"Some supernatural force drew Kitty's eyes to Anna's face. She was fascinating in her simple black dress, fascinating were her round arms with their bracelets, fascinating was her firm neck with its thread of pearls, fascinating the straying curls of her loose hair, fascinating the graceful, light movements of her little feet and hands, fascinating was that lovely face in its eagerness, but there was something terrible and cruel in her fascination."

But it is not from any particular part that he finds fault in Ana. Nothing is flawed. It is the whole --wholeness of fascination-- that gives off the odor of cruelty, destroying therefore the balance of her beauty.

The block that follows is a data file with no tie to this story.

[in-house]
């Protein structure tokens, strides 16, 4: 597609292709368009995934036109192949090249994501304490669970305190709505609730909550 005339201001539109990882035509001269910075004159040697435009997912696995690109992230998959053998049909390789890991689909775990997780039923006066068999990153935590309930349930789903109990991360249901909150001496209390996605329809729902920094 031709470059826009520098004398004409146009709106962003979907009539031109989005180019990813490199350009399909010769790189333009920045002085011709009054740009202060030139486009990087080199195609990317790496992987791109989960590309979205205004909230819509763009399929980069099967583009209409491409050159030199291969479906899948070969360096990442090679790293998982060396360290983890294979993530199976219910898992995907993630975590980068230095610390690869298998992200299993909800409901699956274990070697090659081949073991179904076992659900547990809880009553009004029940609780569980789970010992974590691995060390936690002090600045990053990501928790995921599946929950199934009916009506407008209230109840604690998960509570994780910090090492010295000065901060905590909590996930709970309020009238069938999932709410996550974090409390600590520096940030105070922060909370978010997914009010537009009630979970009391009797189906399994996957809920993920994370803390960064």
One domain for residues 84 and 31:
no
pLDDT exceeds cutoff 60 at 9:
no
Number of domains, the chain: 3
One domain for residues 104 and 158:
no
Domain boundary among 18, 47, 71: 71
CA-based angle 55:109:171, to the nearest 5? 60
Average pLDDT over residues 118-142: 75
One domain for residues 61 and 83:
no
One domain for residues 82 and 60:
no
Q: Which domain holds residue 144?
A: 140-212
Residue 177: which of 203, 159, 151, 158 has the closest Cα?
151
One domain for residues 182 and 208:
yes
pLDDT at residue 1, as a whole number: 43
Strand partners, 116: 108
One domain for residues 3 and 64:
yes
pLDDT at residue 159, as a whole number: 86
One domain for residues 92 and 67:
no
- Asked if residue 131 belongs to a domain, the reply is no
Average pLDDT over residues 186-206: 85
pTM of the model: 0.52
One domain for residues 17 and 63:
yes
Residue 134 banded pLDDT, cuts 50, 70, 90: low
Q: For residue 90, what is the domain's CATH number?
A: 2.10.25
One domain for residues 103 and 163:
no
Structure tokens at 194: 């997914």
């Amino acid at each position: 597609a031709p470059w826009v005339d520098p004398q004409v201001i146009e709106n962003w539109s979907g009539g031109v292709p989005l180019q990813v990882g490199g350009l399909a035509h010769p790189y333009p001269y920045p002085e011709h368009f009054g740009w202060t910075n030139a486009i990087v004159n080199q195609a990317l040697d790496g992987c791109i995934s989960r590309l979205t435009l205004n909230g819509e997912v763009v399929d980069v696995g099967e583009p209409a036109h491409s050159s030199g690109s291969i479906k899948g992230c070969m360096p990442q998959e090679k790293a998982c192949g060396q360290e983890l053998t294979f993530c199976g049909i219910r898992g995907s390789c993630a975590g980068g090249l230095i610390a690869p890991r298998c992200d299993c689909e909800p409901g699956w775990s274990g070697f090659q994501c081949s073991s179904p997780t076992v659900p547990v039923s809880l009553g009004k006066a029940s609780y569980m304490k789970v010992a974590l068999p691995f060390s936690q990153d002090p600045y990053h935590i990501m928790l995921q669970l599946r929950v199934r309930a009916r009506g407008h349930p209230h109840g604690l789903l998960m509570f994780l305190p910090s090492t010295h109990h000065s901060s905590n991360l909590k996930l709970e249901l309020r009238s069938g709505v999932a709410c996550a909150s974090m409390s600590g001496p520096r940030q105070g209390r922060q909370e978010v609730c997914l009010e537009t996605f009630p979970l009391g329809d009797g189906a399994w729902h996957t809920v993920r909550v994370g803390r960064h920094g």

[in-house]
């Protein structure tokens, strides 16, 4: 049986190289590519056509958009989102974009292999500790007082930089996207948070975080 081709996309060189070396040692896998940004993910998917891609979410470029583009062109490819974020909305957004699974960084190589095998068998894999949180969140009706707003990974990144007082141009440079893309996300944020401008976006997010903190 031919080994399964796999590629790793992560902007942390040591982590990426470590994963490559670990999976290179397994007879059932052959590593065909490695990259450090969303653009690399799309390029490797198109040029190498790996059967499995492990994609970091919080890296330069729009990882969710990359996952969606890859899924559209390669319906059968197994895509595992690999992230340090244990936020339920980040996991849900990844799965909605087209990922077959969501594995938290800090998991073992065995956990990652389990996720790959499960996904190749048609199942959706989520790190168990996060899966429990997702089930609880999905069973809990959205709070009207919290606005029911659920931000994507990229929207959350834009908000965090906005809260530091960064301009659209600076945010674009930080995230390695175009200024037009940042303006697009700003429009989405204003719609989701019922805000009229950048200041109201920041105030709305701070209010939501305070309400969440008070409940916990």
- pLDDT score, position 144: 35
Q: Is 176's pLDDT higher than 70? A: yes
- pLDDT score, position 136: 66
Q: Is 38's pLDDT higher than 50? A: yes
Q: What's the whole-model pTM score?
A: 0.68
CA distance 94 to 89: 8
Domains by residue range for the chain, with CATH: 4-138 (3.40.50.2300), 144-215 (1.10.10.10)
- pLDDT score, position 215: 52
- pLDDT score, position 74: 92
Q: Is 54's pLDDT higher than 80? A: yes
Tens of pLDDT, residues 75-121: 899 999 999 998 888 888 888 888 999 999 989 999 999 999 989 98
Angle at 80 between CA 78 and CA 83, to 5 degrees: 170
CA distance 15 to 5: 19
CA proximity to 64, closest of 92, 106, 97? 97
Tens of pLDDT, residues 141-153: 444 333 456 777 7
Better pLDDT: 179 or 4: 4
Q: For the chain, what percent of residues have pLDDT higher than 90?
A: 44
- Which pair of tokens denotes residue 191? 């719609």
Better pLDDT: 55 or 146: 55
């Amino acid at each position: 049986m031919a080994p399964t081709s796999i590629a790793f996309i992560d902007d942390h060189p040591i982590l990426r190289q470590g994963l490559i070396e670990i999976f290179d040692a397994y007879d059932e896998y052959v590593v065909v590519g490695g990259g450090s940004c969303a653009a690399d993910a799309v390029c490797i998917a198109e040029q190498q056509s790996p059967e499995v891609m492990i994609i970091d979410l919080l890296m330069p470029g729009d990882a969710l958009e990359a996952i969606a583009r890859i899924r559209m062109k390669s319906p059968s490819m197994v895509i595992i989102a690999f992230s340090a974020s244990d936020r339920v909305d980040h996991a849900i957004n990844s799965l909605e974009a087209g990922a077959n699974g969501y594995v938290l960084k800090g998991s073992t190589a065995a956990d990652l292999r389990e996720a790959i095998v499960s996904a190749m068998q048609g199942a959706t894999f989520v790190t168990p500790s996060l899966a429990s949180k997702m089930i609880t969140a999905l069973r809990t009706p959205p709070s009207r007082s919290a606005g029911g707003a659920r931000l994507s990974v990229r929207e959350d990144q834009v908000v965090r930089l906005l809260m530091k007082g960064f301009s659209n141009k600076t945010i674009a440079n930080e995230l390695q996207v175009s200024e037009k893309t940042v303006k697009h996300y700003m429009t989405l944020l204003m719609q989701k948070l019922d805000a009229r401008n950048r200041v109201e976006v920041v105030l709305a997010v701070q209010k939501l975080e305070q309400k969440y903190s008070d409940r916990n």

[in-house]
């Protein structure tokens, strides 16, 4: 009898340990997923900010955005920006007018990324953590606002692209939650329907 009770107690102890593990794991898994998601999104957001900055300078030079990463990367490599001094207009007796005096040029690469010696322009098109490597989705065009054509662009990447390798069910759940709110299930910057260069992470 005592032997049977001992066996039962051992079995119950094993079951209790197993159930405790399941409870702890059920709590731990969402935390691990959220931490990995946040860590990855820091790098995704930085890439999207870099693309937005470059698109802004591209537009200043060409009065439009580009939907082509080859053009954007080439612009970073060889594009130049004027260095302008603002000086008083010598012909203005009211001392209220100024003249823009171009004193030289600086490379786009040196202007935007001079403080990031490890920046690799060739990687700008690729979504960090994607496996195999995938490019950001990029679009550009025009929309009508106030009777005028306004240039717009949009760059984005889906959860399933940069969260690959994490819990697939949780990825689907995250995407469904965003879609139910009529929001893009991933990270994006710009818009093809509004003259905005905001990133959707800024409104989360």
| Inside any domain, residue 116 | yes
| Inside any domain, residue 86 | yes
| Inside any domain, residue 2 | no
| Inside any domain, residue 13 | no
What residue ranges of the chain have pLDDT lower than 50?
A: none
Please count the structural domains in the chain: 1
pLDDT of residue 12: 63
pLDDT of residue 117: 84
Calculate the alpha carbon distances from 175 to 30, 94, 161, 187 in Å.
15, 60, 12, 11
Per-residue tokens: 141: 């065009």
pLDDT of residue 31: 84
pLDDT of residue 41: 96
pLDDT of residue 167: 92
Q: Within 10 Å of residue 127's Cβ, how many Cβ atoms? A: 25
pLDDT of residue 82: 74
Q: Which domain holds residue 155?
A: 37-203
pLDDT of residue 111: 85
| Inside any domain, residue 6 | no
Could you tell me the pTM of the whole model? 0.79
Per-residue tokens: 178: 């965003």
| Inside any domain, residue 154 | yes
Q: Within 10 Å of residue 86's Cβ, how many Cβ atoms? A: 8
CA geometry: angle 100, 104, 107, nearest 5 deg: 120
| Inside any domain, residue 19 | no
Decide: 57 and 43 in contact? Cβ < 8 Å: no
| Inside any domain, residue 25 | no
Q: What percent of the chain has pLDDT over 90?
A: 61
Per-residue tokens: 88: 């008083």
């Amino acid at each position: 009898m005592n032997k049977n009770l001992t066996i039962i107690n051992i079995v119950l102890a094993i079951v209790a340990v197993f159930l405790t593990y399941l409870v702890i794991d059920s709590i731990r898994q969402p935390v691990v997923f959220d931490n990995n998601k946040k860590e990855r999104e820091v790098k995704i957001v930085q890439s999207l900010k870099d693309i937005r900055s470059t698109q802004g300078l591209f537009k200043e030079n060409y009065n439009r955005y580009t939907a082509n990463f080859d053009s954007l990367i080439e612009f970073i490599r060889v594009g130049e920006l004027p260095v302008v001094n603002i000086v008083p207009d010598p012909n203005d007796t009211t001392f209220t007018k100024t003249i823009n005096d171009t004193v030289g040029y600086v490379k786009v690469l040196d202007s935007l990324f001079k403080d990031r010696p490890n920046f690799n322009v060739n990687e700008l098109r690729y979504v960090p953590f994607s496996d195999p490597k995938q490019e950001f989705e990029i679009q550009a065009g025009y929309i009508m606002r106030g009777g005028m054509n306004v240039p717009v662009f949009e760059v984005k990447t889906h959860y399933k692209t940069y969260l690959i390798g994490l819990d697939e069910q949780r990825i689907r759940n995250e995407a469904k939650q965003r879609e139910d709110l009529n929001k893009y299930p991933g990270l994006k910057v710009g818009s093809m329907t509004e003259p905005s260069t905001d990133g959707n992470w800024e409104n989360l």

Not only did Scott Fitzgerald create a wholesome American beauty in Daisy Buchanan --the belle of The Great Gatsby-- but a mentally challenged and morally flawed American beauty. Understanding doesn't come easy to Daisy, and when she offers an opinion, it is always a trivial opinion that often verges on absurdity. Notice how Daisy deals with one single idea by repeating the very same idea three times: "In two weeks it'll be the longest day in the year." She looked at us all radiantly. "Do you always watch for the longest day of the year and then miss it? I always watch for the longest day in the year and then miss it." If you count the pronoun "it" you will realize that she has mentioned the longest day of the year five times. And throughout the novel, Daisy keeps stuttering and repeating herself; a problem --mannerism is perharps a better word-- that Nick Carraway (the narrator) calls "echolalia."